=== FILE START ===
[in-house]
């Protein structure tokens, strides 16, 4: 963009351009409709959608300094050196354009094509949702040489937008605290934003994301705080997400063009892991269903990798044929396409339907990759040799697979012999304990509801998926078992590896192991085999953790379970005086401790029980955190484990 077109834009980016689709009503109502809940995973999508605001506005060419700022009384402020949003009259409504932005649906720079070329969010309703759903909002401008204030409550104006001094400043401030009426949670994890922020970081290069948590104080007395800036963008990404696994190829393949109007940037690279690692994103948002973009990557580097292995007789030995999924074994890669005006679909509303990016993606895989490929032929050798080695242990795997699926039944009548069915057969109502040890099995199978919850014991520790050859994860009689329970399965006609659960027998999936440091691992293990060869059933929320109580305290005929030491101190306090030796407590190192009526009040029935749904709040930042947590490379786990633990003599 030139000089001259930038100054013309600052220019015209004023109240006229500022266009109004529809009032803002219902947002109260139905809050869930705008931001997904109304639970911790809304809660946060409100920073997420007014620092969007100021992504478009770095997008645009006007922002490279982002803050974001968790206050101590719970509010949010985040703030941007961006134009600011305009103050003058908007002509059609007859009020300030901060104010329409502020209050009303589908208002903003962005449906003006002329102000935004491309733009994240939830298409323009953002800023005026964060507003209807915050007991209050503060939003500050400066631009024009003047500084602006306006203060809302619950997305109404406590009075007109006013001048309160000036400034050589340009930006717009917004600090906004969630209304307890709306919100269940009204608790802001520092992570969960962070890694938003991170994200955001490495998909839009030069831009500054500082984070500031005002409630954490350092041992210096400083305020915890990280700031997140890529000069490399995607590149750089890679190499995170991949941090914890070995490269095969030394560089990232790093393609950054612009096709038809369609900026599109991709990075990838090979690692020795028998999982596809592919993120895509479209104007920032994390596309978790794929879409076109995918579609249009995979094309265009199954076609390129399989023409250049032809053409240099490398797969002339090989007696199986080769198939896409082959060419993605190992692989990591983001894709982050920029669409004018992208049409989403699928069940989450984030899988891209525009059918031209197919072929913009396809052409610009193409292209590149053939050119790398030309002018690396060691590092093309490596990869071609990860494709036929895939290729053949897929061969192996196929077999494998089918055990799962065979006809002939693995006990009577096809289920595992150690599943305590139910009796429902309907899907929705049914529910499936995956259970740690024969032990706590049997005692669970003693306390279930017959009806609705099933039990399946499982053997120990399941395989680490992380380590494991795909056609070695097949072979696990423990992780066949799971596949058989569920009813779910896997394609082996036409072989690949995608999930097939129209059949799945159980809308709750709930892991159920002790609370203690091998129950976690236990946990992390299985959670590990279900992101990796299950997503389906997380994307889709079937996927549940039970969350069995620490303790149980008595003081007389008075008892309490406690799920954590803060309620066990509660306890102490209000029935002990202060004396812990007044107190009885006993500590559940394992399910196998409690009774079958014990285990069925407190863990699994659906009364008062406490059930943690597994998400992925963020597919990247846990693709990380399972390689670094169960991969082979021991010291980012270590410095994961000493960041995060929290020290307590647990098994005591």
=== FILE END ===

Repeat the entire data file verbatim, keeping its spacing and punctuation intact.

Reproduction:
[in-house]
């Protein structure tokens, strides 16, 4: 963009351009409709959608300094050196354009094509949702040489937008605290934003994301705080997400063009892991269903990798044929396409339907990759040799697979012999304990509801998926078992590896192991085999953790379970005086401790029980955190484990 077109834009980016689709009503109502809940995973999508605001506005060419700022009384402020949003009259409504932005649906720079070329969010309703759903909002401008204030409550104006001094400043401030009426949670994890922020970081290069948590104080007395800036963008990404696994190829393949109007940037690279690692994103948002973009990557580097292995007789030995999924074994890669005006679909509303990016993606895989490929032929050798080695242990795997699926039944009548069915057969109502040890099995199978919850014991520790050859994860009689329970399965006609659960027998999936440091691992293990060869059933929320109580305290005929030491101190306090030796407590190192009526009040029935749904709040930042947590490379786990633990003599 030139000089001259930038100054013309600052220019015209004023109240006229500022266009109004529809009032803002219902947002109260139905809050869930705008931001997904109304639970911790809304809660946060409100920073997420007014620092969007100021992504478009770095997008645009006007922002490279982002803050974001968790206050101590719970509010949010985040703030941007961006134009600011305009103050003058908007002509059609007859009020300030901060104010329409502020209050009303589908208002903003962005449906003006002329102000935004491309733009994240939830298409323009953002800023005026964060507003209807915050007991209050503060939003500050400066631009024009003047500084602006306006203060809302619950997305109404406590009075007109006013001048309160000036400034050589340009930006717009917004600090906004969630209304307890709306919100269940009204608790802001520092992570969960962070890694938003991170994200955001490495998909839009030069831009500054500082984070500031005002409630954490350092041992210096400083305020915890990280700031997140890529000069490399995607590149750089890679190499995170991949941090914890070995490269095969030394560089990232790093393609950054612009096709038809369609900026599109991709990075990838090979690692020795028998999982596809592919993120895509479209104007920032994390596309978790794929879409076109995918579609249009995979094309265009199954076609390129399989023409250049032809053409240099490398797969002339090989007696199986080769198939896409082959060419993605190992692989990591983001894709982050920029669409004018992208049409989403699928069940989450984030899988891209525009059918031209197919072929913009396809052409610009193409292209590149053939050119790398030309002018690396060691590092093309490596990869071609990860494709036929895939290729053949897929061969192996196929077999494998089918055990799962065979006809002939693995006990009577096809289920595992150690599943305590139910009796429902309907899907929705049914529910499936995956259970740690024969032990706590049997005692669970003693306390279930017959009806609705099933039990399946499982053997120990399941395989680490992380380590494991795909056609070695097949072979696990423990992780066949799971596949058989569920009813779910896997394609082996036409072989690949995608999930097939129209059949799945159980809308709750709930892991159920002790609370203690091998129950976690236990946990992390299985959670590990279900992101990796299950997503389906997380994307889709079937996927549940039970969350069995620490303790149980008595003081007389008075008892309490406690799920954590803060309620066990509660306890102490209000029935002990202060004396812990007044107190009885006993500590559940394992399910196998409690009774079958014990285990069925407190863990699994659906009364008062406490059930943690597994998400992925963020597919990247846990693709990380399972390689670094169960991969082979021991010291980012270590410095994961000493960041995060929290020290307590647990098994005591």